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Training improves emergency livestock disease recognition and surveillance

The Department of Primary Industries and Regional Development (DPIRD) has invested in a series of emergency animal disease workshops delivered to livestock saleyard workers throughout Western Australia.

Department of Primary Industries and Regional Development veterinary officer Dr Rod Thompson discusses how to recognise signs of the highly infectious foot-and-mouth disease with participants at the emergency animal disease workshop held at the Katanning Saleyards.

Department veterinary officer Rod Thompson said the workshops were designed to further develop the skills of livestock workers in detecting signs of emergency animal diseases.

“Saleyard workers are in contact with livestock from all over the State every day, which makes them an ideal line of defence against emergency animal diseases,” Dr Thompson said.

“Western Australia’s livestock sector is built on its reputation for high quality, healthy livestock and livestock products with 80 per cent of our product exported to overseas markets.

“To protect market access and control the risk of disease spread, livestock must be regularly checked for signs of disease, and any unusual signs reported to a DPIRD veterinarian, private veterinarian or the Emergency Animal Disease Hotline on 1800 675 888.

“Early detection and reporting of an emergency disease outbreak are critical in reducing the spread of disease and minimising the resulting economic and social costs.”

Dr Thompson said the workshops aimed to help saleyard staff understand the potential impacts of emergency animal diseases and provide them with the skills required to detect and report emergency diseases, particularly foot-and-mouth disease.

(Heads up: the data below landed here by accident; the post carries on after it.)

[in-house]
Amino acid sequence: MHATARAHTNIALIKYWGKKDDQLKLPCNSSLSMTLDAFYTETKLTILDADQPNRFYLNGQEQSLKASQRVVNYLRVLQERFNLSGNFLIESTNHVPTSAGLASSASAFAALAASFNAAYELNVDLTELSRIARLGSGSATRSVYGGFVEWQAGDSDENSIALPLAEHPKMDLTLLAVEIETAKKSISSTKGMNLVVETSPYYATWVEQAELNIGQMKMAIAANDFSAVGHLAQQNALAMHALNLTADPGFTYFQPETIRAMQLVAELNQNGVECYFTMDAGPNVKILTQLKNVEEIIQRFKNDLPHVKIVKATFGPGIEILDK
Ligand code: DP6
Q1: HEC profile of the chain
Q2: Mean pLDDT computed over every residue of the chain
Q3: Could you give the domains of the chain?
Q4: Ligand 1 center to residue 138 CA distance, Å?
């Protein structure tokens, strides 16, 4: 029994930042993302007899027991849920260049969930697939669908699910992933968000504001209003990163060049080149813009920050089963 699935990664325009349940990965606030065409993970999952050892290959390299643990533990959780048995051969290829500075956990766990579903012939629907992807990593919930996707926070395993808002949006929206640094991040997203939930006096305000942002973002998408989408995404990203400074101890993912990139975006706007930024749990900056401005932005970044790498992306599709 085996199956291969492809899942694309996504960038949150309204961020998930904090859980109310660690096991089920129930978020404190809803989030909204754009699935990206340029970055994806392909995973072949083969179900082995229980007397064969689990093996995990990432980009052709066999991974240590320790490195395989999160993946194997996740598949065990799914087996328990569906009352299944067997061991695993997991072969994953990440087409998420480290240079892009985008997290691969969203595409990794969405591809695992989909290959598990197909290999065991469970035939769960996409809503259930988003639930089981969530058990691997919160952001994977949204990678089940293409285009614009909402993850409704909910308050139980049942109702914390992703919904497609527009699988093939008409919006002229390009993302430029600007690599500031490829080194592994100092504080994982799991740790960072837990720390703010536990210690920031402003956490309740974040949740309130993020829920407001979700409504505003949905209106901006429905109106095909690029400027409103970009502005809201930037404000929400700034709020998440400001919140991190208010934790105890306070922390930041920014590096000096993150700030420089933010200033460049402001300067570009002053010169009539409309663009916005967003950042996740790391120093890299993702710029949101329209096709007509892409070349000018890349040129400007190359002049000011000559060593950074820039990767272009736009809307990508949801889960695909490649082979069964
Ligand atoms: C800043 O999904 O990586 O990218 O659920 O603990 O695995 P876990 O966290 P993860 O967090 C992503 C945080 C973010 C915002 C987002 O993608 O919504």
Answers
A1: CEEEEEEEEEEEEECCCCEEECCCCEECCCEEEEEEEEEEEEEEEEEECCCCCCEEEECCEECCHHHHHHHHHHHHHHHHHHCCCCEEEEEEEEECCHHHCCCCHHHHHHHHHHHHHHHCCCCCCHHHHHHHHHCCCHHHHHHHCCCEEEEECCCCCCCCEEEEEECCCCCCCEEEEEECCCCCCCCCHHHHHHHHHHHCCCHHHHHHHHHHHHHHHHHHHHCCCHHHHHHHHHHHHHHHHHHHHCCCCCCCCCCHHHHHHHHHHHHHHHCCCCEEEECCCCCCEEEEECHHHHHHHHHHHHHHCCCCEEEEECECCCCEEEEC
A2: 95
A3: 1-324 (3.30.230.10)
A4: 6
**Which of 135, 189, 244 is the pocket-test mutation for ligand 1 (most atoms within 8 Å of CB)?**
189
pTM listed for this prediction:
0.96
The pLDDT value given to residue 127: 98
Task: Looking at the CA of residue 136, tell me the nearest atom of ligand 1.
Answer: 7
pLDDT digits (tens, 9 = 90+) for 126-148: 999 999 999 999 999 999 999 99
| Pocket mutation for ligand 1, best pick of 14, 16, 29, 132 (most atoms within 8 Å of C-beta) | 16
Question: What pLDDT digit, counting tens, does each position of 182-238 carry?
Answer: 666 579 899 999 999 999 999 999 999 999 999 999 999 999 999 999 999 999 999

“Foot-and-mouth disease is a highly infectious, viral disease that affects cloven-hooved (two toed) animals including sheep, cattle, pigs and goats. If an outbreak of foot-and-mouth disease occurred in Australia, it could close many of Australia’s export markets overnight.”

Dr Thompson said it had been estimated that a large-scale outbreak of foot-and-mouth disease could cost Australia up to $52 billion, mainly in lost markets.

The workshops have been held over the last six months commencing at Muchea Livestock Centre, and more recently at Mount Barker, Boyanup and Katanning saleyards. Livestock transporters and stock agents also attended the workshops.

“Communication is vital in managing a disease outbreak and the workshops have been great in building and maintaining relationships between frontline livestock workers at saleyards, agents, livestock transporters, department veterinarians and compliance staff,” Dr Thompson said.

The early detection of emergency animal diseases workshops are a part of the department’s Boosting Biosecurity Defences project supported by Royalties for Regions.

For more information on recognising foot-and-mouth disease, see the DPIRD website agric.wa.gov.au.